By Steven Walton on November 19, 2007
Editor: Julio Franco
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Today we have in our hands the latest Intel Core 2 Extreme quad-core processor, and I know what you are thinking but no, this is not yet another extremely expensive processor featuring the same four cores with only a speed bump over the last QX6850 we looked at last time. Hmm, ok so I told a bit of a white lie there, as this is still an extremely expensive processor, but it’s not just another in a chain of speed bumps. The new Core 2 Extreme QX9650 represents Intel’s new flagship processor technology which until now was mainly known by its code-name “Penryn”, manufactured on a 45nm design process, adding fifty new SSE4 instructions, among other things.
Now, the actual QX9650 processor and other Penryn quad-cores have received its own codename which is “Yorkfield” and because this particular processor belongs to the Extreme line up, its complete name is Yorkfield XE. Similarly, future dual-core CPUs based on Penryn will go by the code-name “Wolfdale” once they are released. To complete the equation you should know that Yorkfields are really two Wolfdale chips stuck together. This is the same as with previous Kentsfield quad-core processors which in reality were just two Conroe chips stuck together in one package. This may be a bit confusing but when time to buy comes, it's important being able to identify each different core version and know what advantages one generation of chips has over another, ultimately making the better buying decision.
Intel "Penryn" processors incorporate 410 million transistors for each dual core chip,and 820 million for each quad core chip. The original Intel Pentium Processor only has 3.1 million transistors.
The Core 2 Extreme QX9650 is the first of many products to be released using the Penryn architecture. Like the previous Core 2 Extreme QX6850, the QX9650 also works at 3.0GHz but adds a number of enhancements. Perhaps the most prominent, Intel's 45nm High-k metal gate silicon technology, which is claimed to be an industry's first, featuring transistors with reduced current leakage designed to decrease power consumption while also accommodating for increased clock speeds. This is a big deal considering Intel has used the conventional silicon-oxide technique since 1960.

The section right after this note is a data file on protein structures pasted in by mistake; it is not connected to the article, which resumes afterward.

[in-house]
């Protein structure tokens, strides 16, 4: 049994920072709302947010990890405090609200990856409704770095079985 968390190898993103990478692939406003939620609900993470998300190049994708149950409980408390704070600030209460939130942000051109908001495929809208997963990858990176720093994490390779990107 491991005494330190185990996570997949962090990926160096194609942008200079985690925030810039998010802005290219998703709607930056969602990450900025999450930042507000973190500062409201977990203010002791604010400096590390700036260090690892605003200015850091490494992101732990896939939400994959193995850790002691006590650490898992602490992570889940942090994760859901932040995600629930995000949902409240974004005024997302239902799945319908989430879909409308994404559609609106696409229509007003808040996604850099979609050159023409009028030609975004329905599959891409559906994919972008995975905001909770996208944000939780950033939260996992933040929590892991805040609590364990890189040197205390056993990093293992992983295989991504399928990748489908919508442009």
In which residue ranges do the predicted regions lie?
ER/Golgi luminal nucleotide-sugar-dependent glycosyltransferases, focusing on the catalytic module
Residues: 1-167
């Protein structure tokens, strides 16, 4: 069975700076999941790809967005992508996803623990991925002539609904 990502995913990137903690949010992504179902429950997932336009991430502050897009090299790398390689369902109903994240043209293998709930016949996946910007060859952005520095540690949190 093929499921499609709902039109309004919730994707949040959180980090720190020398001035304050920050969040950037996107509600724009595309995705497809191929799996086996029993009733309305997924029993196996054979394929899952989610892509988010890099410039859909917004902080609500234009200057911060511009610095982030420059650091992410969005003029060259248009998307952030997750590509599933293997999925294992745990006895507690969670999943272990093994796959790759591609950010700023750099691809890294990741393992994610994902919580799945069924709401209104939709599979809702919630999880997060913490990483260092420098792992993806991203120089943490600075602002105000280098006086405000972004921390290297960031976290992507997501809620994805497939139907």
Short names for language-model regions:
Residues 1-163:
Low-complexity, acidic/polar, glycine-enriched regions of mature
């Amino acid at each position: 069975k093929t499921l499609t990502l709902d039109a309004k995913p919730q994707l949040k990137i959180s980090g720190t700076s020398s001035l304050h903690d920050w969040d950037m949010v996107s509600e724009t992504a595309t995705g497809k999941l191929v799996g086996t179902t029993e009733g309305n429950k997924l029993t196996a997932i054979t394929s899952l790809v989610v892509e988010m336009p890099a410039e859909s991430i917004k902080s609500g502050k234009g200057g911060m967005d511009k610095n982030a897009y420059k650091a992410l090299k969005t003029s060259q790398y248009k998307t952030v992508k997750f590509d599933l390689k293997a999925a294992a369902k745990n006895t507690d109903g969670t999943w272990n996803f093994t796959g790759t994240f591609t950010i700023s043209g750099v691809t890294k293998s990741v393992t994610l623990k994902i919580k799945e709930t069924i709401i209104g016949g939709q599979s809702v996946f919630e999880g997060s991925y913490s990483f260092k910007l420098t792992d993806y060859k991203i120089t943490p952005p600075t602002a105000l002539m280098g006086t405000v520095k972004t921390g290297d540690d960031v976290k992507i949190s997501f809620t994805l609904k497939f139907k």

Besides the apparent die shrink, the Penryn architecture features a faster Radix-16 divider, faster OS primitive support, improved store forwarding, split load cache enhancements, enhanced virtualization technology and enhanced dynamic acceleration technology. While all of these may sound nice in paper, in real-life terms what we do know is that this newer Core 2 architecture is faster and more efficient. We were able to observe power consumption levels that are significantly lower as well as operating temperatures. These are all aspects that we will uncover in this review, but for now let me just say that when heavily overclocked the QX9650, it produced stress temperatures that were comparable to a dual-core Conroe processor operating at its default frequency.
When we move on to benchmarking the QX9650, it will extremely easy to spot the differences and advantages Penryn offers today because the QX9650 and the QX6850 (65nm Kentsfield) both operate at 3.0GHz and use the same front side bus speeds, so we will be putting them head to head for comparison. Also to note, the QX9650 does receive a L2 cache boost at 12MB versus only 8MB found in the QX6850.